Alex building an eyewall, still not a hurricane

By: Dr. Jeff Masters , 7:34 PM GMT on June 29, 2010

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Tropical Storm Alex is slowly building an eyewall, which is now more than 50% complete, according to recent satellite imagery and microwave images (Figure 1.) Satellite loops show a slot of dry air is spiraling into the center of the storm, and until this dry slot gets closed off, Alex will not be able to intensify significantly. Alex's heavy thunderstorms and low level spiral bands continue to slowly increase, but upper-level outflow is mediocre to the north and east, and absent elsewhere. The Hurricane Hunters are in the storm and have not found any hurricane-force winds at the surface yet.


Figure 1. Microwave "radar in space" image taken at 10:11 am CDT Tuesday June 28, 2010, showing that Alex had built an eyewall a little more than 50% complete. Image credit: Navy Research Lab.

Impacts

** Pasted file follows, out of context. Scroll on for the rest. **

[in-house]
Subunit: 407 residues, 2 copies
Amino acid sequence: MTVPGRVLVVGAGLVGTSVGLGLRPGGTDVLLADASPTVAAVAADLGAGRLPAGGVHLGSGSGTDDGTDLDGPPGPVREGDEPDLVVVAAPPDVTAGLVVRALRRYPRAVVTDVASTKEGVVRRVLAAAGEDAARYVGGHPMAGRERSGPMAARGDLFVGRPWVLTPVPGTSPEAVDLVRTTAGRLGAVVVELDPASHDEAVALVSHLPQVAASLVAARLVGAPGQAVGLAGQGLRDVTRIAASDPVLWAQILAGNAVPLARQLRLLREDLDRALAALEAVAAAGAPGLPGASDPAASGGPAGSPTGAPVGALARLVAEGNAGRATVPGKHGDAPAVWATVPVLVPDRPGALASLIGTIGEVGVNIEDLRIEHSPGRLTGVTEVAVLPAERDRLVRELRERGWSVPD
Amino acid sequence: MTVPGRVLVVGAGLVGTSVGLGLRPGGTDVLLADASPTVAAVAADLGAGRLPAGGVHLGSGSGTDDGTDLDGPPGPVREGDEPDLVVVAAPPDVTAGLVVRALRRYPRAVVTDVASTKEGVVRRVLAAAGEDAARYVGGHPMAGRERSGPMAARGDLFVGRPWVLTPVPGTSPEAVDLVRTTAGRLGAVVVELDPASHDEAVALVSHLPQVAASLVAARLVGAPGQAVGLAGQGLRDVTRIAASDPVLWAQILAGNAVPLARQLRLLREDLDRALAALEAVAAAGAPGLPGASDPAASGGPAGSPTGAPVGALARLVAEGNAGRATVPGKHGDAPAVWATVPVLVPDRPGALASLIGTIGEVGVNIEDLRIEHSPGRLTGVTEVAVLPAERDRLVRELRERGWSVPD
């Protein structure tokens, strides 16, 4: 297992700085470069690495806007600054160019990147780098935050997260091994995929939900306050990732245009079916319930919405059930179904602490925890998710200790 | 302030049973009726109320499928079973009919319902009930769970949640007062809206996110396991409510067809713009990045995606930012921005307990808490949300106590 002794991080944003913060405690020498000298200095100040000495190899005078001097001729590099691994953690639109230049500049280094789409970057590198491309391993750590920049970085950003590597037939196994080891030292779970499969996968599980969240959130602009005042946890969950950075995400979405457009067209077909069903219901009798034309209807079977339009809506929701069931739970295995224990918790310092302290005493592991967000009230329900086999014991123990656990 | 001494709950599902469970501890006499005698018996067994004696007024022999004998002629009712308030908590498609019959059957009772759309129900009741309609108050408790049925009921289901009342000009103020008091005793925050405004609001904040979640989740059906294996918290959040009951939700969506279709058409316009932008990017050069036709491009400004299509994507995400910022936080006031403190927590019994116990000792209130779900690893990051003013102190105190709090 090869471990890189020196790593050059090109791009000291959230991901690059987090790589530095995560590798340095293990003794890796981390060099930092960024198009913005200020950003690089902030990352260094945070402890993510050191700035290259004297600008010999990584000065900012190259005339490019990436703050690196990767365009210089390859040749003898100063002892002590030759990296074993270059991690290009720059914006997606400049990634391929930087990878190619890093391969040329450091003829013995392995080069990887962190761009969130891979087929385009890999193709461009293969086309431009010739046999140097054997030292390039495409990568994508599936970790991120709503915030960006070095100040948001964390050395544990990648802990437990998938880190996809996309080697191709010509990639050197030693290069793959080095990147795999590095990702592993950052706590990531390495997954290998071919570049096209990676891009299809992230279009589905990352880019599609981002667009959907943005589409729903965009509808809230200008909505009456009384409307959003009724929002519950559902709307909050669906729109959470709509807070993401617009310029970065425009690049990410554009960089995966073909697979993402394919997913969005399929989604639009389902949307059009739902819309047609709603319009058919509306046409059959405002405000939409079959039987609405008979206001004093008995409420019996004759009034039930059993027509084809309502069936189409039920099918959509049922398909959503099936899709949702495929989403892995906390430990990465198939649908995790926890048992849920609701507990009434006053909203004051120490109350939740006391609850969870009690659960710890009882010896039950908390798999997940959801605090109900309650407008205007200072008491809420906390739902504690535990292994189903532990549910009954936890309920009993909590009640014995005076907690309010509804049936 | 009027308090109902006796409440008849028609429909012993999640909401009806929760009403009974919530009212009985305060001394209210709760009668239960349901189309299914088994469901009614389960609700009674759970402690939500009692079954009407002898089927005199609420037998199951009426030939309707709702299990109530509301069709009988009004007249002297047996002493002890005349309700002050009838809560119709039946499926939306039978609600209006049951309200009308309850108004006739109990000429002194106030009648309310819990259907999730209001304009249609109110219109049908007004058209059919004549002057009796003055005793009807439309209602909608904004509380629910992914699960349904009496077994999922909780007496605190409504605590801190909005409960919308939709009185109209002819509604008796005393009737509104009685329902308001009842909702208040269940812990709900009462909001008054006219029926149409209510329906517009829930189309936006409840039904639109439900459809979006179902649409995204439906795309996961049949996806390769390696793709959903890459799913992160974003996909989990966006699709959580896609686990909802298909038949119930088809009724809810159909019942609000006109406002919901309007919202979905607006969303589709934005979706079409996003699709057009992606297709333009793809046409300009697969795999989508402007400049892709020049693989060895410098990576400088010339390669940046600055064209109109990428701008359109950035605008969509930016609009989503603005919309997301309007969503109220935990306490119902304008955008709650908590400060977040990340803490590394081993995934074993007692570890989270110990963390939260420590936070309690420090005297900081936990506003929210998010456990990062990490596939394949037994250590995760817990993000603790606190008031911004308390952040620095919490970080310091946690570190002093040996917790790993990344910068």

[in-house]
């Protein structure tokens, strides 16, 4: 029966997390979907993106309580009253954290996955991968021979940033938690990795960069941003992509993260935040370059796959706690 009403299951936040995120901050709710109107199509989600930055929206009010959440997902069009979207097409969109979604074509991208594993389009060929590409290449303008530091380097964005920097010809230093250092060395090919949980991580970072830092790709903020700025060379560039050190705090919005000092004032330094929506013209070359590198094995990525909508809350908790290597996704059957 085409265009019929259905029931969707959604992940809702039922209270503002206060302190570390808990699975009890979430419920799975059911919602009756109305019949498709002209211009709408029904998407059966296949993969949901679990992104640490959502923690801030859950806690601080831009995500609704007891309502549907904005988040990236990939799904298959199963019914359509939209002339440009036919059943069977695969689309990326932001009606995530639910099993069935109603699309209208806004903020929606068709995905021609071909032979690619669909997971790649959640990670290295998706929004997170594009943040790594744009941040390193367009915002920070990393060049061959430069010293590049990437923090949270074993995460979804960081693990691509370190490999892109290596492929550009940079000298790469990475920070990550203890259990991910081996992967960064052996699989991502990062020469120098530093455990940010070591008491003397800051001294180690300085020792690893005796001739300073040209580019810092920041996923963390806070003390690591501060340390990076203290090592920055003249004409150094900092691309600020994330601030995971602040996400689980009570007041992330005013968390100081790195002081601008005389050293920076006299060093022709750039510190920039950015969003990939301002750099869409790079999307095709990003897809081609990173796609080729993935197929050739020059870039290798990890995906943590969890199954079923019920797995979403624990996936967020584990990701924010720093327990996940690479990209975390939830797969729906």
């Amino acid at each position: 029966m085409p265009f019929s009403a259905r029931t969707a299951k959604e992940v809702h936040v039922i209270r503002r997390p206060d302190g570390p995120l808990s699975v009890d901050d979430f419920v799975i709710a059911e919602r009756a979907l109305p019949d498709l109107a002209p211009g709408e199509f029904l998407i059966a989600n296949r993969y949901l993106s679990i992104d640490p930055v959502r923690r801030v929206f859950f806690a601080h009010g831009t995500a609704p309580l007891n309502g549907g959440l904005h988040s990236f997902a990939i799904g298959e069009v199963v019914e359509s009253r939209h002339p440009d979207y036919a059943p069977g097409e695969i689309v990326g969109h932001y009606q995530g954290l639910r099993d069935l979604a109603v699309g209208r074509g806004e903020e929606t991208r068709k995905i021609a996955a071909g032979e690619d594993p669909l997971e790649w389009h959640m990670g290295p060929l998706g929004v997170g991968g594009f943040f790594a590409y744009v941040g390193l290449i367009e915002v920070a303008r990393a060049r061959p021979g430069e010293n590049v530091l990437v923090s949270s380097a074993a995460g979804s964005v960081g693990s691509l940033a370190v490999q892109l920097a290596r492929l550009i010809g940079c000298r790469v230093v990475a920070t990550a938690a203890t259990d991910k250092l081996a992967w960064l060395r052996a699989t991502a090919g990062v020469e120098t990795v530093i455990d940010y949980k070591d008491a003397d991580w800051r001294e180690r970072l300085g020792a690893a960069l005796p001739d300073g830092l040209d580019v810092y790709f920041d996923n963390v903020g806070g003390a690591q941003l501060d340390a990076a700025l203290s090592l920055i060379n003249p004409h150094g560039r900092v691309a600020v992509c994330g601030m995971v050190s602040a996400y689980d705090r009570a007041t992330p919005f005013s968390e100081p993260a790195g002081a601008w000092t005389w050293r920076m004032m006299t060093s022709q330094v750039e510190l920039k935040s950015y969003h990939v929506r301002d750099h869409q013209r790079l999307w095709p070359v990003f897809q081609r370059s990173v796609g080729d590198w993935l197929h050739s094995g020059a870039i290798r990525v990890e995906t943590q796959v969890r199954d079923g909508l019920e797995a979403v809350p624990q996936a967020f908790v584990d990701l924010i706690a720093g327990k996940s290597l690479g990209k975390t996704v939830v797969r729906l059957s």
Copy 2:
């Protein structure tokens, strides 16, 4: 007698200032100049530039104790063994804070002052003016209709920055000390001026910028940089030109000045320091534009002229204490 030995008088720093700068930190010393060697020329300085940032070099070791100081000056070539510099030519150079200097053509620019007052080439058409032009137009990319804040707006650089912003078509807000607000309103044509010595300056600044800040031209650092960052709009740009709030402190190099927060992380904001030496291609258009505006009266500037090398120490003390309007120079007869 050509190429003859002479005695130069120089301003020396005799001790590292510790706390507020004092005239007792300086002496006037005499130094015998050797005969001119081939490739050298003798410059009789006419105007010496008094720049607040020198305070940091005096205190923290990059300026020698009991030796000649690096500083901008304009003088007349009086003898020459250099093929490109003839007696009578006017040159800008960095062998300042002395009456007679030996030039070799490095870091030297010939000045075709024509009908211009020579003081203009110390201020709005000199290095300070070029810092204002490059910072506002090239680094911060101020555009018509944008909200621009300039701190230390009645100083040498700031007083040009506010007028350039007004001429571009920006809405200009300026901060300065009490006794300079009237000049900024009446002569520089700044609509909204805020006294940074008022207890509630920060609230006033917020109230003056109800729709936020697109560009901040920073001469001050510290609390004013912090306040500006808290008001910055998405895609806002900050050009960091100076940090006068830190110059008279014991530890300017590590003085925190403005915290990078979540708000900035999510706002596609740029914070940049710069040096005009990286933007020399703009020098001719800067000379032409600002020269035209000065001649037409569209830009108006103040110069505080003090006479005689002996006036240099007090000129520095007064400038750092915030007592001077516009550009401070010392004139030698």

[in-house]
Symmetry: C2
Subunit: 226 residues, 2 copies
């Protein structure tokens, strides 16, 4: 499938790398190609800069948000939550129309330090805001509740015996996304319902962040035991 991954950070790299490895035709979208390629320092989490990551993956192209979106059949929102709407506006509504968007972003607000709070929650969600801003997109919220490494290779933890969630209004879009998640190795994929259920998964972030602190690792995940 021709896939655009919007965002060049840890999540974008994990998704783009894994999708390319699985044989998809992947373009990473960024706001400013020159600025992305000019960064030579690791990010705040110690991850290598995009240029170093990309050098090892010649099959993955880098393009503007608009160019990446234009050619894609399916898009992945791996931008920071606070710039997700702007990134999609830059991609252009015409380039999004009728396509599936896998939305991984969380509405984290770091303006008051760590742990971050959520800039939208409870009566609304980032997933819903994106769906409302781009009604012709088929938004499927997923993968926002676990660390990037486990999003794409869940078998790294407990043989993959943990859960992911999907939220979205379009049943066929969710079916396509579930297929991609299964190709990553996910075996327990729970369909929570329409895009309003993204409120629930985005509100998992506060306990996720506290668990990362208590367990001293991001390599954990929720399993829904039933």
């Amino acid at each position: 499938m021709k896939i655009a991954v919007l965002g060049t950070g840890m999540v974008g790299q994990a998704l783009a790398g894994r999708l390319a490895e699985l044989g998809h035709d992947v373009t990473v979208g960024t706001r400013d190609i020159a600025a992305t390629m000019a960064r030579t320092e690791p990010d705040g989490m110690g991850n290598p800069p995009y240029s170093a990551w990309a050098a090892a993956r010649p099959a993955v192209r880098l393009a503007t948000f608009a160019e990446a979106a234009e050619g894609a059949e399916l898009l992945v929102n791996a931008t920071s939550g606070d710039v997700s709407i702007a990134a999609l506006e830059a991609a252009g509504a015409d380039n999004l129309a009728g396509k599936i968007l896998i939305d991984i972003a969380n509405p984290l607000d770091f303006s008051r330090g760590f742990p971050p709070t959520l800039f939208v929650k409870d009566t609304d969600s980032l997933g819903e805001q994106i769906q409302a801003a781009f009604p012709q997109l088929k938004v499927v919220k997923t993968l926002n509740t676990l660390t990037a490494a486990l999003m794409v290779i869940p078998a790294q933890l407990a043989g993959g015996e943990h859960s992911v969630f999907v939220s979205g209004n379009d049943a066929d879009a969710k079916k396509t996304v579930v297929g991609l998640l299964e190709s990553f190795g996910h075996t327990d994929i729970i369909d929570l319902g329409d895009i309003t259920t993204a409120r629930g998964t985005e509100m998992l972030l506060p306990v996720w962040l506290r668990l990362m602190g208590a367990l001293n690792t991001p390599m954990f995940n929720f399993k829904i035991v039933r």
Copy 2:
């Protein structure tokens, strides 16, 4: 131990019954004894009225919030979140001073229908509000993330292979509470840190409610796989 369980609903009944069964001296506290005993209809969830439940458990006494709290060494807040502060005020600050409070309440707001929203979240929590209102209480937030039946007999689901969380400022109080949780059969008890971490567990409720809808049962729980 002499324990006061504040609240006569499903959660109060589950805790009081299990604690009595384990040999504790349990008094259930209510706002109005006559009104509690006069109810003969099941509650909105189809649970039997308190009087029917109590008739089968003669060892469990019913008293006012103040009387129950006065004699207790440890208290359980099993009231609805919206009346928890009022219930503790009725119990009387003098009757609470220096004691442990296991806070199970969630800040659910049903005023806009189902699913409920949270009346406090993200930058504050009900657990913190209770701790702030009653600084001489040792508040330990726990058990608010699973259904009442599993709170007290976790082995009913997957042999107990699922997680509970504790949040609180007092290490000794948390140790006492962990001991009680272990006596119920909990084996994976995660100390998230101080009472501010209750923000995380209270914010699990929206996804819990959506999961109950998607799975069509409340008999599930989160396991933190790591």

Alex is already bringing bands of heavy rain to the coasts of Texas and Mexico, as seen on the Brownsville, Texas radar. Hurricane local statements with projections for how Alex will affect the coast are now being issued by the National Weather Service in Brownsville and Corpus Christi. Since Alex is a large storm, it will have a storm surge that will affect most of the South Texas coast. NHC is giving a 40% - 60% chance of a storm surge of at least 3 feet affecting the Brownsville area, and 10% - 30% chance the surge will exceed 5 feet. In theory, a Category 2 hurricane moving WNW at 5 mph can bring a storm surge of up to 8 - 9 feet to the South Texas coast (Figure 2.) However, Alex is now unlikely to get that strong, and the surge should be less. Flooding damage from the expected 6 - 12 inches of rain from Alex will also be a major concern, as will wind damage. The combined wind, surge, and flooding damage from 2008's Hurricane Dolly, which hit near Brownsville, were about $1.05 billion. Dolly was a Category 2 hurricane offshore that weakened to a Category 1 hurricane with 85 mph winds when it made landfall. I expect Alex will be similar in its impacts to Dolly, though Alex's storm surge damage is likely to be greater. If Alex hits more than 50 miles south of the Texas border, as currently appears likely, the damage will be far less, since this region of the coast is relatively sparsely populated.